Surge of migrants across US-Mexico border an early challenge for Biden
Influx leads to reopening of a facility in Texas used by the Trump administration
Yadiel Garcia and his father Fabricio, from Honduras, pray during a migrant demonstration demanding clearer United States migration policies, at San Ysidro crossing port in Tijuana, Baja California state, Mexico. Photograph: Guillermo Arias/AFP/Getty Images
A developing situation at the US-Mexico border may present Joe Biden with one of the earliest challenges of his presidency. In recent weeks there has been a surge of migrants crossing the border, many of them unaccompanied minors.
Figures show almost 6,000 unaccompanied children crossed from Mexico in January alone.
Senior administration officials have been dispatched by Biden to visit the region in the coming days to assess a rapidly deteriorating situation.
The influx has led to the reopening of a facility in Carrizo Springs, Texas that was used by the Trump administration – a move that has alarmed many. Donald Trump’s decision to separate children from their parents at the border was one of the most controversial policies of his four years in power.
Images of children, caged and alone in unsanitary conditions shocked the world, becoming a symbol of Trump’s zero-tolerance approach to immigration.
Responding to questions this week, White House press secretary Jen Psaki insisted that the use of the Carrizo Spring facility was temporary. She said capacity at existing Office of Refugee Resettlement shelters, which house children after they are processed by Immigration and Customs Enforcement, has been reduced due to Covid-19 protocols.
As a result, the department of health and human services reopened an emergency facility to house the children temporarily, she said.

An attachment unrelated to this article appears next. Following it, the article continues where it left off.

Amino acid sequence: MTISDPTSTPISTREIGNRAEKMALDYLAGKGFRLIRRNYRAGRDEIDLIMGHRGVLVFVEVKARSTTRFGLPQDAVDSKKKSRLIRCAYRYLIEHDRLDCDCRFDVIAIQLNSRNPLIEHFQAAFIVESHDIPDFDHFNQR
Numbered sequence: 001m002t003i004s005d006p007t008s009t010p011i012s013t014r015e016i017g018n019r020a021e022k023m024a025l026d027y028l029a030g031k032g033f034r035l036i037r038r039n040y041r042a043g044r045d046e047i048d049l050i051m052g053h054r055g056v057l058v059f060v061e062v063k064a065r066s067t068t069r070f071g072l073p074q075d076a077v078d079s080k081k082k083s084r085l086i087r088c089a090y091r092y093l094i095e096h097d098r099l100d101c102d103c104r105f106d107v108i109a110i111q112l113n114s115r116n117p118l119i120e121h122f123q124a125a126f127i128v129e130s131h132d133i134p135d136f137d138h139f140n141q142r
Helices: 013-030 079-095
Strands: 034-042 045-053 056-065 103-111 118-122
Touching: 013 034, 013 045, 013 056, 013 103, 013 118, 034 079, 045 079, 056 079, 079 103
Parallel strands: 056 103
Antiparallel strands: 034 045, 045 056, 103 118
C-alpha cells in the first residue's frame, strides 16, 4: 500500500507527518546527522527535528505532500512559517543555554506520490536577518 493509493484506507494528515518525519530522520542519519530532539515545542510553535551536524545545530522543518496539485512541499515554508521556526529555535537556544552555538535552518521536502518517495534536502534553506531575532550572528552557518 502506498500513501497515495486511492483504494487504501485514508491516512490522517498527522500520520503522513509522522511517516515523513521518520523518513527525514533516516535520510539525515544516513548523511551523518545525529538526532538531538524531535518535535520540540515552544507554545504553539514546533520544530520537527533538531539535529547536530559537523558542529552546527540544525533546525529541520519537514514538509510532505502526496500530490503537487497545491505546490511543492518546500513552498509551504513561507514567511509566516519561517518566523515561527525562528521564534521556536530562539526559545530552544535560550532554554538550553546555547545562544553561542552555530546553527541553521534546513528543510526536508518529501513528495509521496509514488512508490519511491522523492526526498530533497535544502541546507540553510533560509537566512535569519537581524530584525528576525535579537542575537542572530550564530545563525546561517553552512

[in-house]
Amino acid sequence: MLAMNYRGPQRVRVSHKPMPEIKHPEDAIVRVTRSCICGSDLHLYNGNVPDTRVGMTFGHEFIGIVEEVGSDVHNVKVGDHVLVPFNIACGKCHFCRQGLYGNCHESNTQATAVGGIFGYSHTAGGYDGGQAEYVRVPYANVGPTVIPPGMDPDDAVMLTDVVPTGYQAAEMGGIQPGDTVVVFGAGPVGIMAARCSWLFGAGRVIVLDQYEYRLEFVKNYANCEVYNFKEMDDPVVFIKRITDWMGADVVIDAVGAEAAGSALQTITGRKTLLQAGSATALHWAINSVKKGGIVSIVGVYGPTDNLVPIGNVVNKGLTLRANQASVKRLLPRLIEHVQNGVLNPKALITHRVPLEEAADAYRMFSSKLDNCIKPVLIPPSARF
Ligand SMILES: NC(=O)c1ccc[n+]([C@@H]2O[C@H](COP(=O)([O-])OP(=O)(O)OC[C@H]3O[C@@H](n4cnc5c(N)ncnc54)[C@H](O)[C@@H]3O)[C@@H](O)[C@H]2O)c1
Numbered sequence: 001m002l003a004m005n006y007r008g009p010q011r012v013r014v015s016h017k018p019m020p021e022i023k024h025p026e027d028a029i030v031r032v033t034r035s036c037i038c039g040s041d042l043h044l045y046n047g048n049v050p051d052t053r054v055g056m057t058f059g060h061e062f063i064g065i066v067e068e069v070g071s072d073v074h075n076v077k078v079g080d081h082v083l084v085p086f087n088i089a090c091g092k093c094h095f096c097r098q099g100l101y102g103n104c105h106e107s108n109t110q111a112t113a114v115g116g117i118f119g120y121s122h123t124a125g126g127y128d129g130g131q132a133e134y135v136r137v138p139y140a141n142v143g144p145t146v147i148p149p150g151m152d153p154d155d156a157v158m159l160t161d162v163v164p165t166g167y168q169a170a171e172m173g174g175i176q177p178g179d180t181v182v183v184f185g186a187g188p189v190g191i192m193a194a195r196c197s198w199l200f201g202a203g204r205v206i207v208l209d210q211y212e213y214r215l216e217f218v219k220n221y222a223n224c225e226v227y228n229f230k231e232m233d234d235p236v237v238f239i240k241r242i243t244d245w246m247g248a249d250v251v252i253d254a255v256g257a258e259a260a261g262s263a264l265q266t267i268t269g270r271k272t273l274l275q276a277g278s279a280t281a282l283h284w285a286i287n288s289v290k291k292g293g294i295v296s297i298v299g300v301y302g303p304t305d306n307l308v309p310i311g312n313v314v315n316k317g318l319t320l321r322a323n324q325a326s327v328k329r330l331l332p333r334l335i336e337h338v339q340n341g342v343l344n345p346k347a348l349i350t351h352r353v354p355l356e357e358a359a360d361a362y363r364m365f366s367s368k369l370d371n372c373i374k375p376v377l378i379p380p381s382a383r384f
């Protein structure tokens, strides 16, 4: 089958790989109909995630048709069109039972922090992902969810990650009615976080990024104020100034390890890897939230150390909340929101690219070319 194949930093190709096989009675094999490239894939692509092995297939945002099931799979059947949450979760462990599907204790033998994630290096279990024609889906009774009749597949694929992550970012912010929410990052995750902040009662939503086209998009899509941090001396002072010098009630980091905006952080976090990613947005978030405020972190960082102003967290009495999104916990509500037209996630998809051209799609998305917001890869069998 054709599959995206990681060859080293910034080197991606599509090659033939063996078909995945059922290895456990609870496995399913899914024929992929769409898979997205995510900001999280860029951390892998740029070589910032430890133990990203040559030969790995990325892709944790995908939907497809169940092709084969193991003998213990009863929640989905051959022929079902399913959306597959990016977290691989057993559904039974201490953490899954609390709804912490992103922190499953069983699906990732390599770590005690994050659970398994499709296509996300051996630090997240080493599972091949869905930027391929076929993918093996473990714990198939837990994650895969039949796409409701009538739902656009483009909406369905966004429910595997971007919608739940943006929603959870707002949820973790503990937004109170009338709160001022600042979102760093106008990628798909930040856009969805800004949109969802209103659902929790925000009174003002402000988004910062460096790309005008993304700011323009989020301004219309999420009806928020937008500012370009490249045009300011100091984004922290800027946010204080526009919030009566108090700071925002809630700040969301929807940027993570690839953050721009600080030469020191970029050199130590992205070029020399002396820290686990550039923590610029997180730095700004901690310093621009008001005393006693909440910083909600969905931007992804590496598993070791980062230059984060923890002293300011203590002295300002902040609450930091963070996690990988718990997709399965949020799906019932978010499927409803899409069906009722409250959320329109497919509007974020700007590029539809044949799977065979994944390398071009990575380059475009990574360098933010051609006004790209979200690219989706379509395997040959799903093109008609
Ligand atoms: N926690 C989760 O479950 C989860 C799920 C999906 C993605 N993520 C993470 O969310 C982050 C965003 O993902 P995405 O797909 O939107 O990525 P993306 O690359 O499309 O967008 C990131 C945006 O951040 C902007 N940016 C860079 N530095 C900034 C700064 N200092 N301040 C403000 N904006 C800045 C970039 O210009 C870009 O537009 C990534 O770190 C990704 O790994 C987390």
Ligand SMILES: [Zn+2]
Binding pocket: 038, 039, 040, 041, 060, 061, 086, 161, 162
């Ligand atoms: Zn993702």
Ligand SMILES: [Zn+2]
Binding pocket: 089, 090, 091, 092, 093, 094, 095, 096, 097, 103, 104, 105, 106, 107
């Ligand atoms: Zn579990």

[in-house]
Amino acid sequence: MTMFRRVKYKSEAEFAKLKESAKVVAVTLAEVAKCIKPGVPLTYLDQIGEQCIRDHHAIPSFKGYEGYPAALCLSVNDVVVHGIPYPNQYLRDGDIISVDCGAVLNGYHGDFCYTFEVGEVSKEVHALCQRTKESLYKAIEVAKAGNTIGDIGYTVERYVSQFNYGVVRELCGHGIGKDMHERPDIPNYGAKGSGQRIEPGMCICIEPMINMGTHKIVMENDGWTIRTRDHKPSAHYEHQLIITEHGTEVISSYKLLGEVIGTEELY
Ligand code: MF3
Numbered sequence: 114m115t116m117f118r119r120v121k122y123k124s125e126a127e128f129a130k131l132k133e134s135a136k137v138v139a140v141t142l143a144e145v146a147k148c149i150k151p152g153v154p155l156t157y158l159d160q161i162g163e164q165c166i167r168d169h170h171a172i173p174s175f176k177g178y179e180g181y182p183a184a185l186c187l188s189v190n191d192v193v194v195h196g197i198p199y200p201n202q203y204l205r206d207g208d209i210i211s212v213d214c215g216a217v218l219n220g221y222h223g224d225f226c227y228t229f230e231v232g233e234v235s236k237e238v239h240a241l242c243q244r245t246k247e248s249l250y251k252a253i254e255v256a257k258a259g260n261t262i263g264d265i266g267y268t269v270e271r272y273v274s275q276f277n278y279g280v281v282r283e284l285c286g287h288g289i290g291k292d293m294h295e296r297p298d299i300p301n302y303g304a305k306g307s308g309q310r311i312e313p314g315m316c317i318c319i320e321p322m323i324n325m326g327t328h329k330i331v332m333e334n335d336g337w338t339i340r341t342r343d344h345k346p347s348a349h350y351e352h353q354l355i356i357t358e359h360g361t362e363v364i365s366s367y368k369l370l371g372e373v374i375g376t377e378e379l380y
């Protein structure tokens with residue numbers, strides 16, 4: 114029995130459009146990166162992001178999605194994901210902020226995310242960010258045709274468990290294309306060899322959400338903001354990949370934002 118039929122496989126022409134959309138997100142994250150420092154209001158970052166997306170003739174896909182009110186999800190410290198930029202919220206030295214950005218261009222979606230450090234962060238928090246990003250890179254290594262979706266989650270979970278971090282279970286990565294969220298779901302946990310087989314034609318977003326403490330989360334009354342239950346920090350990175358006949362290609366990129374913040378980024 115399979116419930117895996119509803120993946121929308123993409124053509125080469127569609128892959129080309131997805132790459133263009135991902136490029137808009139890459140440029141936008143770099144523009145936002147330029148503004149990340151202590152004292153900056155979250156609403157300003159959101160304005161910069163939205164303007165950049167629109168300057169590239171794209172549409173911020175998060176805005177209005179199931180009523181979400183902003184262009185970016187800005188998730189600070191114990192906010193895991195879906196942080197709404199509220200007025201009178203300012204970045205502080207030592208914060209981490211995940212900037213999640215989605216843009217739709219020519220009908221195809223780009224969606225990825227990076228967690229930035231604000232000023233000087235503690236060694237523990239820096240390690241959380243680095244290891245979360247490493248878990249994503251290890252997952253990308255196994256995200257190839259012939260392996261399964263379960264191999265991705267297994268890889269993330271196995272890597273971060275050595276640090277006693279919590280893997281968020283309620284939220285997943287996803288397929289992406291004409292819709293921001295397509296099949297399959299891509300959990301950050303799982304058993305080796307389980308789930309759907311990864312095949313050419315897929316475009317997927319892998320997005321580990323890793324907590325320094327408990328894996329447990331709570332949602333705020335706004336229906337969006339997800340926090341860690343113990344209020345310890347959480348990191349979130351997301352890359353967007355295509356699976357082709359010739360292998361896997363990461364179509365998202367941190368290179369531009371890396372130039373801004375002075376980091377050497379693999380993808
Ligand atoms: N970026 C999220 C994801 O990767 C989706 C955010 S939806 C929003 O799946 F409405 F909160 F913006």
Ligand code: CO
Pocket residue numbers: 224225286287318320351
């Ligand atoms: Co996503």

“It’s a temporary reopening during Covid-19. Our intention is very much to close it, but we want to ensure that we can follow Covid protocols as unaccompanied minors come into the United States. ”
The escalating situation at the border also presents an early challenge for Biden’s recently-confirmed secretary of homeland security. Cuban-born Alejandro Mayorkas is the first immigrant to lead the agency. An experienced lawyer and law enforcement official, he served as deputy secretary at the department during the Obama administration.
Asked this week if there was a crisis at the border, Mayorkas replied: “The answer is no. I think there is a challenge at the border that we are managing.”
He insisted that the White House was adopting a different policy to that of the previous administration, noting that children were sent back to Mexico under the Trump presidency.
Mayorkas chairs a new Reunification Task Force that aims to reunite children and parents who were separated by the previous administration. The taskforce is liaising with lawyers for the separated family members, as well as authorities in El Salvador, Guatemala, and Honduras.
“The moral imperative is to reunite the families and restore them to the fullest capacity that we, as the United States government, can do,” he said.
Nonetheless, the situation at the border has been seized on by conservative news channels, who have criticised Biden’s decision to stop construction of the Mexican border wall.
Texas governor Greg Abbott, who controversially eased Covid-related restrictions in his state this week, has also – without evidence – accused migrants of bringing coronavirus into the state.
Already, Biden is eyeing an ambitious immigration package. The plan, unveiled last month, includes a path to citizenship for the US’s undocumented residents. However, Democrats in Congress are unlikely to progress the legislation this month amid divisions within their own caucus about the scope of the plan.
A piecemeal approach to immigration reform is more likely; this could entail a specific solution for so-called “dreamers,” young people who were brought to the US illegally as children. Additionally, it could offer an opportunity for Ireland to advance its bid to be included in Australia’s E3 visa scheme.
With a long path ahead to secure immigration reform, Biden may first need to resolve the increasingly challenging situation unfolding on the Mexican border.